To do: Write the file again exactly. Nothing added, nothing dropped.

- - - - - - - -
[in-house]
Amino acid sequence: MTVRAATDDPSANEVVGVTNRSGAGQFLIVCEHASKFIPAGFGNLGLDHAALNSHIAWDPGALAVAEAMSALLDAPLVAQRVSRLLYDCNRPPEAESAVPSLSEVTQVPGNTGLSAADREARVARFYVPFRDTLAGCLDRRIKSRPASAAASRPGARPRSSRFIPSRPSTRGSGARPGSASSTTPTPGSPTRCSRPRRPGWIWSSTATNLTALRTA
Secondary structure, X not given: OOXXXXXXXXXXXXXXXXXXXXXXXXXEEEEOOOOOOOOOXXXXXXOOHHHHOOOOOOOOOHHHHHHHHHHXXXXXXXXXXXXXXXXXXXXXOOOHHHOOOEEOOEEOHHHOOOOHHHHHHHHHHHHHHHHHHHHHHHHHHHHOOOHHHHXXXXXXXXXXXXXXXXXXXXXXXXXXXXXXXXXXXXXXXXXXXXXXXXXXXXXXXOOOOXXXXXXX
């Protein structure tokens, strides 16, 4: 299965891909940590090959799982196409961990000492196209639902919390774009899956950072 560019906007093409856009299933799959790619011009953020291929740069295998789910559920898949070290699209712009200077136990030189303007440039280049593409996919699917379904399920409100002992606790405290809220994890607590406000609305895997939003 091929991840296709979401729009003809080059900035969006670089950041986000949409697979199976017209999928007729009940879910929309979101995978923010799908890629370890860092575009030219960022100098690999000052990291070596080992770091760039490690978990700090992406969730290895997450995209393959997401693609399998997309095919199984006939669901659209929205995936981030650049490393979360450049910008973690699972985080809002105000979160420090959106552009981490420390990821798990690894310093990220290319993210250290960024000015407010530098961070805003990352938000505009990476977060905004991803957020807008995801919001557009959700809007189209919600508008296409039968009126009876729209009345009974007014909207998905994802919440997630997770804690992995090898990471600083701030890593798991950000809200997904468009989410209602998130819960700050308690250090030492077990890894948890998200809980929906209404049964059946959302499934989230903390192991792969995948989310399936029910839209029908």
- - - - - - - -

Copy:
[in-house]
Amino acid sequence: MTVRAATDDPSANEVVGVTNRSGAGQFLIVCEHASKFIPAGFGNLGLDHAALNSHIAWDPGALAVAEAMSALLDAPLVAQRVSRLLYDCNRPPEAESAVPSLSEVTQVPGNTGLSAADREARVARFYVPFRDTLAGCLDRRIKSRPASAAASRPGARPRSSRFIPSRPSTRGSGARPGSASSTTPTPGSPTRCSRPRRPGWIWSSTATNLTALRTA
Secondary structure, X not given: OOXXXXXXXXXXXXXXXXXXXXXXXXXEEEEOOOOOOOOOXXXXXXOOHHHHOOOOOOOOOHHHHHHHHHHXXXXXXXXXXXXXXXXXXXXXOOOHHHOOOEEOOEEOHHHOOOOHHHHHHHHHHHHHHHHHHHHHHHHHHHHOOOHHHHXXXXXXXXXXXXXXXXXXXXXXXXXXXXXXXXXXXXXXXXXXXXXXXXXXXXXXXOOOOXXXXXXX
């Protein structure tokens, strides 16, 4: 299965891909940590090959799982196409961990000492196209639902919390774009899956950072 560019906007093409856009299933799959790619011009953020291929740069295998789910559920898949070290699209712009200077136990030189303007440039280049593409996919699917379904399920409100002992606790405290809220994890607590406000609305895997939003 091929991840296709979401729009003809080059900035969006670089950041986000949409697979199976017209999928007729009940879910929309979101995978923010799908890629370890860092575009030219960022100098690999000052990291070596080992770091760039490690978990700090992406969730290895997450995209393959997401693609399998997309095919199984006939669901659209929205995936981030650049490393979360450049910008973690699972985080809002105000979160420090959106552009981490420390990821798990690894310093990220290319993210250290960024000015407010530098961070805003990352938000505009990476977060905004991803957020807008995801919001557009959700809007189209919600508008296409039968009126009876729209009345009974007014909207998905994802919440997630997770804690992995090898990471600083701030890593798991950000809200997904468009989410209602998130819960700050308690250090030492077990890894948890998200809980929906209404049964059946959302499934989230903390192991792969995948989310399936029910839209029908």